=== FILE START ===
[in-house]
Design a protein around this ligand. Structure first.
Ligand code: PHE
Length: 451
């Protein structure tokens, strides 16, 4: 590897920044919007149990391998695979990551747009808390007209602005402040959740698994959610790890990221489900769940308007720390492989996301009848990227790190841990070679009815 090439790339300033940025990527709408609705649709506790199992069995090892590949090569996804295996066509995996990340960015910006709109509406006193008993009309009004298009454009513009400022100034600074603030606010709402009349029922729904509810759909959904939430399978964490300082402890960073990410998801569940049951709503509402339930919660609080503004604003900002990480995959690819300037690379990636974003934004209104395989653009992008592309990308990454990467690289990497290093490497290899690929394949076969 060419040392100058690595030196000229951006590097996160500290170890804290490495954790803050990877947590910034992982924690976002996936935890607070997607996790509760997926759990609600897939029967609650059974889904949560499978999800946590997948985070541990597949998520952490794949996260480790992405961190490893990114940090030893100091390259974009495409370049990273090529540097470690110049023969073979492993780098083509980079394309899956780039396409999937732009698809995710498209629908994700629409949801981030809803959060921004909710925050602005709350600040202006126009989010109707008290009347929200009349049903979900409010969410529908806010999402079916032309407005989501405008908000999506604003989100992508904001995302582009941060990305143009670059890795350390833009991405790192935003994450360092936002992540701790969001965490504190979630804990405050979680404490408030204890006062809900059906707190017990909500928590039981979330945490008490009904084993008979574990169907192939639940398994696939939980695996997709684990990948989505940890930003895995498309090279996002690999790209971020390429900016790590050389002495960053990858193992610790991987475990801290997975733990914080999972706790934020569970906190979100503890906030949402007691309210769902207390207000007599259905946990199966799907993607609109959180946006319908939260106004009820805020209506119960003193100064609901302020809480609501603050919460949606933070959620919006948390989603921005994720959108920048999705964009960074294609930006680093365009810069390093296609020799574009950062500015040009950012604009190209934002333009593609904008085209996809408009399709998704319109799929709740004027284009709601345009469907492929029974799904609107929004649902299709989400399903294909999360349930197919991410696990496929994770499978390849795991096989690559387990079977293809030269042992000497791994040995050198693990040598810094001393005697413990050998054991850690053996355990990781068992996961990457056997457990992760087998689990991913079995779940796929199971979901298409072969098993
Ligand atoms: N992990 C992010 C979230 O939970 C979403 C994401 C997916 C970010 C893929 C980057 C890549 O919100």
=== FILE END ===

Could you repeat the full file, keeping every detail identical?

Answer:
[in-house]
Design a protein around this ligand. Structure first.
Ligand code: PHE
Length: 451
């Protein structure tokens, strides 16, 4: 590897920044919007149990391998695979990551747009808390007209602005402040959740698994959610790890990221489900769940308007720390492989996301009848990227790190841990070679009815 090439790339300033940025990527709408609705649709506790199992069995090892590949090569996804295996066509995996990340960015910006709109509406006193008993009309009004298009454009513009400022100034600074603030606010709402009349029922729904509810759909959904939430399978964490300082402890960073990410998801569940049951709503509402339930919660609080503004604003900002990480995959690819300037690379990636974003934004209104395989653009992008592309990308990454990467690289990497290093490497290899690929394949076969 060419040392100058690595030196000229951006590097996160500290170890804290490495954790803050990877947590910034992982924690976002996936935890607070997607996790509760997926759990609600897939029967609650059974889904949560499978999800946590997948985070541990597949998520952490794949996260480790992405961190490893990114940090030893100091390259974009495409370049990273090529540097470690110049023969073979492993780098083509980079394309899956780039396409999937732009698809995710498209629908994700629409949801981030809803959060921004909710925050602005709350600040202006126009989010109707008290009347929200009349049903979900409010969410529908806010999402079916032309407005989501405008908000999506604003989100992508904001995302582009941060990305143009670059890795350390833009991405790192935003994450360092936002992540701790969001965490504190979630804990405050979680404490408030204890006062809900059906707190017990909500928590039981979330945490008490009904084993008979574990169907192939639940398994696939939980695996997709684990990948989505940890930003895995498309090279996002690999790209971020390429900016790590050389002495960053990858193992610790991987475990801290997975733990914080999972706790934020569970906190979100503890906030949402007691309210769902207390207000007599259905946990199966799907993607609109959180946006319908939260106004009820805020209506119960003193100064609901302020809480609501603050919460949606933070959620919006948390989603921005994720959108920048999705964009960074294609930006680093365009810069390093296609020799574009950062500015040009950012604009190209934002333009593609904008085209996809408009399709998704319109799929709740004027284009709601345009469907492929029974799904609107929004649902299709989400399903294909999360349930197919991410696990496929994770499978390849795991096989690559387990079977293809030269042992000497791994040995050198693990040598810094001393005697413990050998054991850690053996355990990781068992996961990457056997457990992760087998689990991913079995779940796929199971979901298409072969098993
Ligand atoms: N992990 C992010 C979230 O939970 C979403 C994401 C997916 C970010 C893929 C980057 C890549 O919100």